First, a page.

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Title:
Fagopyritol synthase genes and uses thereof
Kind Code:
A1
Abstract:
The present invention relates to an isolated DNA molecule encoding a fagopyritol synthase. A method for producing a fagopyritol, an insulin mediator, an insulin mediator analogue, an insulin mediator homologue, or an insulin mediator inhibitor is also described. The method includes providing a fagopyritol synthase, providing a substrate comprising a galactosyl donor and a galactosyl acceptor, and combining the fagopyritol synthase with the substrate under conditions effective produce a fagopyritol, an insulin mediator, an insulin mediator analogue, an insulin mediator homologue, or an insulin mediator inhibitor.


Inventors:
Obendorf, Ralph L. (Ithaca, NY, US)
Ueda, Takashi (Fort Myers, FL, US)
Application Number:
10/435226
Publication Date:
02/26/2004
Filing Date:
05/09/2003
Primary Class:
Other Classes:
435/6.13, 435/69.1, 435/252.3, 435/320.1, 536/23.2, 800/278
International Classes:
C07H21/04; C12N1/21; C12N9/10; C12P19/26; (IPC1-7): C12Q1/68; C07H21/04; C12N9/00; C12P21/02; C12N1/21
View Patent Images:
Attorney, Agent or Firm:
Nixon Peabody, Llp Michael Goldman L. (Clinton Square, Rochester, NY, 14603, US)
Claims:

What is claimed:



1. An isolated nucleic acid molecule encoding a fagopyritol synthase.

2. The isolated nucleic acid molecule according to claim 1, wherein the fagopyritol synthase is from Fagopyrum esculentum.

3. The isolated nucleic acid molecule according to claim 2, wherein the nucleic acid molecule has a nucleotide sequence selected from the group consisting of SEQ ID NO: 1, SEQ ID NO: 3, and SEQ ID NO: 5.

4. The isolated nucleic acid molecule according to claim 2, wherein the nucleic acid sequence is at least 55% similar to either SEQ ID NO: 1, SEQ ID NO: 3, or SEQ ID NO: 5 by basic BLAST using default parameters analysis.

5. The isolated nucleic acid molecule according to claim 2, wherein the nucleic acid molecule hybridizes to the nucleotide sequence of SEQ ID NO: 1, SEQ ID NO: 3, or SEQ ID NO: 5 under stringent conditions characterized by a hybridization buffer comprising 5×SSC at a temperature of 55° C.

6. The isolated nucleic acid molecule according to claim 2, wherein the nucleic acid molecule encodes a protein or polypeptide comprising an amino acid sequence selected from the group consisting of SEQ ID NO: 2, SEQ ID NO: 4, and SEQ ID NO: 6.

7. The isolated nucleic acid molecule according to claim 2, wherein the nucleic acid molecule encodes a protein or polypeptide having a molecular mass of about 38 to 41 kilodaltons.

8. The isolated nucleic acid molecule according to claim 1, wherein the fagopyritol synthase is from Glycine max.

9. The isolated nucleic acid molecule according to claim 8, wherein the nucleic acid molecule has a nucleotide sequence of SEQ ID NO: 7.

10. The isolated nucleic acid molecule according to claim 8, wherein the nucleic acid molecule encodes a protein or polypeptide having an amino acid sequence of SEQ ID NO: 8.

11. An expression vector comprising transcriptional and translational regulatory nucleotide sequences operably linked to the nucleic acid molecule according to claim 1.

12. The expression vector according to claim 11, wherein the nucleic acid molecule is in proper sense orientation and correct reading frame.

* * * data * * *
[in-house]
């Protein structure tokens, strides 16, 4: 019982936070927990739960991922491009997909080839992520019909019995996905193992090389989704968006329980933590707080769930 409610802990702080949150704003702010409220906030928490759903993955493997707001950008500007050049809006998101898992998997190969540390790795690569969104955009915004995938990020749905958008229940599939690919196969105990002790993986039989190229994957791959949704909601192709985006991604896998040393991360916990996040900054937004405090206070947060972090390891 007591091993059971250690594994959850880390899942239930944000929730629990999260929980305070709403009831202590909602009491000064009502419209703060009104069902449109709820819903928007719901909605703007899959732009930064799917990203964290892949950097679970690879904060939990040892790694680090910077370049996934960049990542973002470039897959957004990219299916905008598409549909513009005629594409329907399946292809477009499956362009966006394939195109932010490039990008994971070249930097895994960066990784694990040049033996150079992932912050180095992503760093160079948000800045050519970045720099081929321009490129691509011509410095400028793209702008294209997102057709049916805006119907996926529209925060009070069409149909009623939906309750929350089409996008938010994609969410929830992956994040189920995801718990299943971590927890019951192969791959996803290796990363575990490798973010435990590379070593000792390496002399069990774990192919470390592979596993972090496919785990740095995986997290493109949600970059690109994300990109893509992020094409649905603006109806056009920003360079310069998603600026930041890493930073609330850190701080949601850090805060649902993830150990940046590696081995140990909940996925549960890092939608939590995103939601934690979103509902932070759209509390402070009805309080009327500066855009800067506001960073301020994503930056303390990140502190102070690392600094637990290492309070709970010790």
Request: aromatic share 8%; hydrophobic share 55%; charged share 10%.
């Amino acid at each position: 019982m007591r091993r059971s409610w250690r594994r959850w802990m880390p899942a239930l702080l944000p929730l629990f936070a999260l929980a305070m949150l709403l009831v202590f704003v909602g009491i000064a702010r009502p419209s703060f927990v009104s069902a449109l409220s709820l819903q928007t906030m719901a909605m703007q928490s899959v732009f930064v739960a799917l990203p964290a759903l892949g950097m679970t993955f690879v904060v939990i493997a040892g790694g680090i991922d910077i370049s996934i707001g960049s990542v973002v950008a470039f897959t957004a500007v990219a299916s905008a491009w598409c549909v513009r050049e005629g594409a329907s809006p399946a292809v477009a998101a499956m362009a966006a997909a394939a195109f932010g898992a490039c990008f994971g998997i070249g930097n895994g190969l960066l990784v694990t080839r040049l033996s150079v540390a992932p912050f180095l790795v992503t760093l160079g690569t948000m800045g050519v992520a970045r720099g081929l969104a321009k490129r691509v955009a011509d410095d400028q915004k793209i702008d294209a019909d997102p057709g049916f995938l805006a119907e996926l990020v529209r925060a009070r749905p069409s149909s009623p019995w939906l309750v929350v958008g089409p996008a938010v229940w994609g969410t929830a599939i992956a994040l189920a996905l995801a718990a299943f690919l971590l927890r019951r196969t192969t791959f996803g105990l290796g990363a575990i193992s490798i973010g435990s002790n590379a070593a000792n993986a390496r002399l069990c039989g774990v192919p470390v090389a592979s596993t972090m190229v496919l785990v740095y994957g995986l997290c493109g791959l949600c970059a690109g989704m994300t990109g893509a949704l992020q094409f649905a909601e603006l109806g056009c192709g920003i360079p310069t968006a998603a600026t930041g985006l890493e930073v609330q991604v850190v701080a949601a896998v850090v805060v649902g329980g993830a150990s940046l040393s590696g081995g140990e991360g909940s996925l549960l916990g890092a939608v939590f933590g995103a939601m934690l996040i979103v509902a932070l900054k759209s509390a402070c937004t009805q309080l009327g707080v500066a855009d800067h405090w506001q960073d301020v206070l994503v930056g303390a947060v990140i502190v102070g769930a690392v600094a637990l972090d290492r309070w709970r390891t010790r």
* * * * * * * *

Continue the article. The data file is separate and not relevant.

13. The expression vector according to claim 11, wherein the fagopyritol synthase is from Fagopyrum esculentum.

14. The expression vector according to claim 11, wherein the fagopyritol synthase is from Glycine max.

15. A host cell transduced with the nucleic acid molecule according to claim 1.

16. The host cell according to claim 15, wherein the cell is selected from the group consisting of a bacterial cell, a virus, a yeast cell, an insect cell, a plant cell, and a mammalian cell.

17. The host cell according to claim 15, wherein the fagopyritol synthase is from Fagopyrum esculentum.

18. The host cell according to claim 15, wherein the fagopyritol synthase is from Glycine max.

19. The host cell according to claim 15, wherein the host cell contains an expression vector transformed with the nucleic acid molecule according to claim 1.

20. A transgenic plant transformed with the nucleic acid molecule according to claim 1.

21. The transgenic plant according to claim 20, wherein the fagopyritol synthase is from Fagopyrum esculentum.

22. The transgenic plant according to claim 21, wherein the nucleic acid molecule has a nucleotide sequence selected from the group consisting of SEQ ID NO: 1, SEQ ID NO: 3, and SEQ ID NO: 5.

23. The transgenic plant according to claim 21, wherein the nucleic acid sequence is at least 55% similar to either SEQ ID NO: 1, SEQ ID NO: 3, or SEQ ID NO: 5 by basic BLAST using default parameters analysis.

24. The transgenic plant according to claim 21, wherein the nucleic acid molecule hybridizes to the nucleotide sequence of SEQ ID NO: 1, SEQ ID NO: 3, or SEQ ID NO: 5 under stringent conditions characterized by a hybridization buffer comprising 5×SSC at a temperature of 55° C.

25. The transgenic plant according to claim 21, wherein the nucleic acid molecule encodes a protein or polypeptide comprising an amino acid sequence selected from the group consisting of SEQ ID NO: 2, SEQ ID NO: 4, and SEQ ID NO: 6.

26. The transgenic plant according to claim 21, wherein the nucleic acid molecule encodes a protein or polypeptide having a molecular mass of about 38 to 41 kilodaltons.

27. The transgenic plant according to claim 20, wherein the fagopyritol synthase is from Glycine max.

28. The transgenic plant according to claim 27, wherein the nucleic acid molecule has a nucleotide sequence of SEQ ID NO: 7.

29. The transgenic plant according to claim 27, wherein the nucleic acid molecule encodes a protein or polypeptide having an amino acid sequence of SEQ ID NO: 8.